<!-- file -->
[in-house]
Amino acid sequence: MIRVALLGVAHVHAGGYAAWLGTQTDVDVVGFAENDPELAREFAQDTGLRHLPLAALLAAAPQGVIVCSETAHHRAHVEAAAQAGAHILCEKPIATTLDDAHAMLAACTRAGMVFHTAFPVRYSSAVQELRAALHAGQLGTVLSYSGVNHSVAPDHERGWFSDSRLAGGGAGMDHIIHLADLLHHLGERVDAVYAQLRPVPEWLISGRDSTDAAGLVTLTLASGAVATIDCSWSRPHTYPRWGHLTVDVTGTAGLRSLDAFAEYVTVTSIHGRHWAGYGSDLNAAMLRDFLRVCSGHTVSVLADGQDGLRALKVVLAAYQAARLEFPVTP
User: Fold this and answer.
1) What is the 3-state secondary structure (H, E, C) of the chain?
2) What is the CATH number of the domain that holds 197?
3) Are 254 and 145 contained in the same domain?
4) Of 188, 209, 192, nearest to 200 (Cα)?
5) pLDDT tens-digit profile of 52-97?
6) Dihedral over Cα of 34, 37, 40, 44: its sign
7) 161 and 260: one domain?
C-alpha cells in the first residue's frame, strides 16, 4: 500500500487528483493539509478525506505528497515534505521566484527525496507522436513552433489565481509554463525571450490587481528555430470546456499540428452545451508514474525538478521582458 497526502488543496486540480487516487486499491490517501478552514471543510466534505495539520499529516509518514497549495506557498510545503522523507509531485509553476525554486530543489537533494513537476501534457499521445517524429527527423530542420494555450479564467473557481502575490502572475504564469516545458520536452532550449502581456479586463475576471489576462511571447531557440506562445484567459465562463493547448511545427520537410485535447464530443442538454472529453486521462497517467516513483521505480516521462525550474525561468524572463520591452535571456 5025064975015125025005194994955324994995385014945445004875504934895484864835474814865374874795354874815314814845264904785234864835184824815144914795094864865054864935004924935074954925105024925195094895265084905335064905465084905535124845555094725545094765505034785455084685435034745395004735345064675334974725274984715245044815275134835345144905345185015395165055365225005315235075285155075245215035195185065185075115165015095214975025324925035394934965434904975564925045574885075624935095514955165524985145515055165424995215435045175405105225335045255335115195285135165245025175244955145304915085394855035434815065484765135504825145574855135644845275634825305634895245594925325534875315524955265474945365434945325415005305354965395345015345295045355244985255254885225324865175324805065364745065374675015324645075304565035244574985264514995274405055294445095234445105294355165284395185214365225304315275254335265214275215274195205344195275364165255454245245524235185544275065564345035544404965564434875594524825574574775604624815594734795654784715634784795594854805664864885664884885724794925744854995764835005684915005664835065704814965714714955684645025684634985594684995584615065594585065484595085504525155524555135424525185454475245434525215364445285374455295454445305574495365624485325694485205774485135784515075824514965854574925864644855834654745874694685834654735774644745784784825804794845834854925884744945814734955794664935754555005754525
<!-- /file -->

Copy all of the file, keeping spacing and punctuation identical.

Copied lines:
[in-house]
Amino acid sequence: MIRVALLGVAHVHAGGYAAWLGTQTDVDVVGFAENDPELAREFAQDTGLRHLPLAALLAAAPQGVIVCSETAHHRAHVEAAAQAGAHILCEKPIATTLDDAHAMLAACTRAGMVFHTAFPVRYSSAVQELRAALHAGQLGTVLSYSGVNHSVAPDHERGWFSDSRLAGGGAGMDHIIHLADLLHHLGERVDAVYAQLRPVPEWLISGRDSTDAAGLVTLTLASGAVATIDCSWSRPHTYPRWGHLTVDVTGTAGLRSLDAFAEYVTVTSIHGRHWAGYGSDLNAAMLRDFLRVCSGHTVSVLADGQDGLRALKVVLAAYQAARLEFPVTP
User: Fold this and answer.
1) What is the 3-state secondary structure (H, E, C) of the chain?
2) What is the CATH number of the domain that holds 197?
3) Are 254 and 145 contained in the same domain?
4) Of 188, 209, 192, nearest to 200 (Cα)?
5) pLDDT tens-digit profile of 52-97?
6) Dihedral over Cα of 34, 37, 40, 44: its sign
7) 161 and 260: one domain?
C-alpha cells in the first residue's frame, strides 16, 4: 500500500487528483493539509478525506505528497515534505521566484527525496507522436513552433489565481509554463525571450490587481528555430470546456499540428452545451508514474525538478521582458 497526502488543496486540480487516487486499491490517501478552514471543510466534505495539520499529516509518514497549495506557498510545503522523507509531485509553476525554486530543489537533494513537476501534457499521445517524429527527423530542420494555450479564467473557481502575490502572475504564469516545458520536452532550449502581456479586463475576471489576462511571447531557440506562445484567459465562463493547448511545427520537410485535447464530443442538454472529453486521462497517467516513483521505480516521462525550474525561468524572463520591452535571456 5025064975015125025005194994955324994995385014945445004875504934895484864835474814865374874795354874815314814845264904785234864835184824815144914795094864865054864935004924935074954925105024925195094895265084905335064905465084905535124845555094725545094765505034785455084685435034745395004735345064675334974725274984715245044815275134835345144905345185015395165055365225005315235075285155075245215035195185065185075115165015095214975025324925035394934965434904975564925045574885075624935095514955165524985145515055165424995215435045175405105225335045255335115195285135165245025175244955145304915085394855035434815065484765135504825145574855135644845275634825305634895245594925325534875315524955265474945365434945325415005305354965395345015345295045355244985255254885225324865175324805065364745065374675015324645075304565035244574985264514995274405055294445095234445105294355165284395185214365225304315275254335265214275215274195205344195275364165255454245245524235185544275065564345035544404965564434875594524825574574775604624815594734795654784715634784795594854805664864885664884885724794925744854995764835005684915005664835065704814965714714955684645025684634985594684995584615065594585065484595085504525155524555135424525185454475245434525215364445285374455295454445305574495365624485325694485205774485135784515075824514965854574925864644855834654745874694685834654735774644745784784825804794845834854925884744945814734955794664935754555005754525